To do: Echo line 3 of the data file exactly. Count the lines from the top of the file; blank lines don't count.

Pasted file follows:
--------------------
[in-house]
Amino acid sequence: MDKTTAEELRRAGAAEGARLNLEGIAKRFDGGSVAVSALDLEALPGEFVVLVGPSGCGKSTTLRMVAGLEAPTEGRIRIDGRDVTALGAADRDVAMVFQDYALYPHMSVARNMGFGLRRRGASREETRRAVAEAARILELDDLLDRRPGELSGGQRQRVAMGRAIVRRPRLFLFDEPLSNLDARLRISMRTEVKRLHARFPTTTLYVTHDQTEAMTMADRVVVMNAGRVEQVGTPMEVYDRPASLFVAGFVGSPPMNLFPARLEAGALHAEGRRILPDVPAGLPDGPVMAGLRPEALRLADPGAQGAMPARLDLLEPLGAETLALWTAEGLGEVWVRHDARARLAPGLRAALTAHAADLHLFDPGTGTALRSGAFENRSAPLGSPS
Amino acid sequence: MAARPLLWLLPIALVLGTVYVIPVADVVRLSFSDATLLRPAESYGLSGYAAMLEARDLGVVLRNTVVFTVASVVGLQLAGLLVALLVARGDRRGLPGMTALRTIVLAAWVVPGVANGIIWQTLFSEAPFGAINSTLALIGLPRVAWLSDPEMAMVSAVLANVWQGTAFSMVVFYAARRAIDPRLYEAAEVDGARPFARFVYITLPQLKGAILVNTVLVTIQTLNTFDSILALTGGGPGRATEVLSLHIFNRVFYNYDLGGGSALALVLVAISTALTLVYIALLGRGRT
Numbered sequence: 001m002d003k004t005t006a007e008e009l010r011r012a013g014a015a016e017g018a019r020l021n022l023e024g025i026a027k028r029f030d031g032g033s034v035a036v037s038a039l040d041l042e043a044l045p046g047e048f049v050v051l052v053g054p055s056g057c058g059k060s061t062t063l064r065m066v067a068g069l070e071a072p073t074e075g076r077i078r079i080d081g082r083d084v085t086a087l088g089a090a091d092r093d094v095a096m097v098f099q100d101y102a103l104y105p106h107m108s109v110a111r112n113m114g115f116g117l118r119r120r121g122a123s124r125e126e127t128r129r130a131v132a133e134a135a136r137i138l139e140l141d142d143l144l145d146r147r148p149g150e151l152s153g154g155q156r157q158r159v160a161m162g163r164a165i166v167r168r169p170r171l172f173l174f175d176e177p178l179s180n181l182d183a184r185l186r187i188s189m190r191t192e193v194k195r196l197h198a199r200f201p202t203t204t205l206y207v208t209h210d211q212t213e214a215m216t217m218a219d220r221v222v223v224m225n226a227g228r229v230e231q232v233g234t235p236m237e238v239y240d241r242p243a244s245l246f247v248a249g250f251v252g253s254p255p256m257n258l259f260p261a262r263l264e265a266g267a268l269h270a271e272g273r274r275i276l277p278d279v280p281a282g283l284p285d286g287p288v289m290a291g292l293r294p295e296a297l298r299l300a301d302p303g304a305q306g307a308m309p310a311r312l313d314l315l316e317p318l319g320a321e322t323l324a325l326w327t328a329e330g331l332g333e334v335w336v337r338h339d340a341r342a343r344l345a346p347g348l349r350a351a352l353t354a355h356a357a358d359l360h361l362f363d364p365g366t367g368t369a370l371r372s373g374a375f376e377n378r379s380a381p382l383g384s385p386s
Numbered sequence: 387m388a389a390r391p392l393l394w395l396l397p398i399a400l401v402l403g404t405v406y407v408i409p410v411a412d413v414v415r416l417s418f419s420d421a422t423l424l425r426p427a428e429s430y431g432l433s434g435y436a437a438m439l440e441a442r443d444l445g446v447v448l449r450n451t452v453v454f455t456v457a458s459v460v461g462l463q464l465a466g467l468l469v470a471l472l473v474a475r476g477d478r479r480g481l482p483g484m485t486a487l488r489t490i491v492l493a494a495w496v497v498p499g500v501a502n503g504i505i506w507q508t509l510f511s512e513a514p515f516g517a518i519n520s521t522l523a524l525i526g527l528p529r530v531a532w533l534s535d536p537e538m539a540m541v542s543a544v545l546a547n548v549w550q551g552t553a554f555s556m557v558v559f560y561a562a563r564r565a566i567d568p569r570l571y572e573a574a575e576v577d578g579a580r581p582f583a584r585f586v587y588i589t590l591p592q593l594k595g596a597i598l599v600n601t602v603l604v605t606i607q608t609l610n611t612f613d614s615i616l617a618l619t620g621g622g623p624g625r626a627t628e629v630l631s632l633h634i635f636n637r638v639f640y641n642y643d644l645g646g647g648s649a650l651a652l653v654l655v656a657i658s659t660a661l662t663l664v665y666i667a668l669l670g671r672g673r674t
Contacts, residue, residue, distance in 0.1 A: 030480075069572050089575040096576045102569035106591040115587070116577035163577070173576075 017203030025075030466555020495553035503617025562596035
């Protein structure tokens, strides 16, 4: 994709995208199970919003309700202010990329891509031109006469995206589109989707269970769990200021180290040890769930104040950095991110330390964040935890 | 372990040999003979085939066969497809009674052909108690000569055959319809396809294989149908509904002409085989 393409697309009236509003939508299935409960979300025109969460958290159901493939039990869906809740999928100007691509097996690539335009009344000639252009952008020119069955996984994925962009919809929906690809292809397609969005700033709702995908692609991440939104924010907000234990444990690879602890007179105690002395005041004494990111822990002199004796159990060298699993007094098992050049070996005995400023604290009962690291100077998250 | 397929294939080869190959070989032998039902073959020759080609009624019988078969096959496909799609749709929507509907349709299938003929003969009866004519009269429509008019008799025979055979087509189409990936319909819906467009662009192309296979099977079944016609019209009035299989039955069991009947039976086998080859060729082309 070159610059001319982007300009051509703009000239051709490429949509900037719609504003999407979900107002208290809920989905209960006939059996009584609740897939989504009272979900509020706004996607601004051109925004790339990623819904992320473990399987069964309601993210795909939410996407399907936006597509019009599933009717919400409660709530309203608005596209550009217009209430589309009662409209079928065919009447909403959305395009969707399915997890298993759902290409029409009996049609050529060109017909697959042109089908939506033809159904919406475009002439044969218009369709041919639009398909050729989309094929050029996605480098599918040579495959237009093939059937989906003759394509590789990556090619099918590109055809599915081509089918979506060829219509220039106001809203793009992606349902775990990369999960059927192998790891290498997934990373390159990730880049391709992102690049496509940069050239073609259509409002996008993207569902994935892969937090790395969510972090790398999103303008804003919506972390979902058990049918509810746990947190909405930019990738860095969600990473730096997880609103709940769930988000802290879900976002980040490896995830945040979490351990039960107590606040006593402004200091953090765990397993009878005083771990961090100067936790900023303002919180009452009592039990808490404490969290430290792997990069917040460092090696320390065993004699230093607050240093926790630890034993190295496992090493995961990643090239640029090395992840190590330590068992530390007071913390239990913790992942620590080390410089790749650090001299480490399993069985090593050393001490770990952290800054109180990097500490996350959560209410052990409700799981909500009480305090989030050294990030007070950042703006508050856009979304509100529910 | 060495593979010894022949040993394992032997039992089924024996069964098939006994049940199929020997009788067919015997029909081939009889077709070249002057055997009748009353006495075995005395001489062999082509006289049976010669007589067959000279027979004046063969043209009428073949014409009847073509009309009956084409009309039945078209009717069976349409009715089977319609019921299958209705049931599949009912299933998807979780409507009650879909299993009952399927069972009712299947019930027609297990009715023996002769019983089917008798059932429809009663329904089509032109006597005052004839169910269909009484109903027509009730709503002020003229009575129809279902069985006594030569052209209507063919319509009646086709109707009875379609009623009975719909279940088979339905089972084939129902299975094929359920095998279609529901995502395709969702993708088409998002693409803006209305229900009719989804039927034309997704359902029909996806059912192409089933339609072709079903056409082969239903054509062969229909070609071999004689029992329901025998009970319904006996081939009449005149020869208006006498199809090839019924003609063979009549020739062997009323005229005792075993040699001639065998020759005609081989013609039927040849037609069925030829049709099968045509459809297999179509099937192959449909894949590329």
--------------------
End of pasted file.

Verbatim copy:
Amino acid sequence: MAARPLLWLLPIALVLGTVYVIPVADVVRLSFSDATLLRPAESYGLSGYAAMLEARDLGVVLRNTVVFTVASVVGLQLAGLLVALLVARGDRRGLPGMTALRTIVLAAWVVPGVANGIIWQTLFSEAPFGAINSTLALIGLPRVAWLSDPEMAMVSAVLANVWQGTAFSMVVFYAARRAIDPRLYEAAEVDGARPFARFVYITLPQLKGAILVNTVLVTIQTLNTFDSILALTGGGPGRATEVLSLHIFNRVFYNYDLGGGSALALVLVAISTALTLVYIALLGRGRT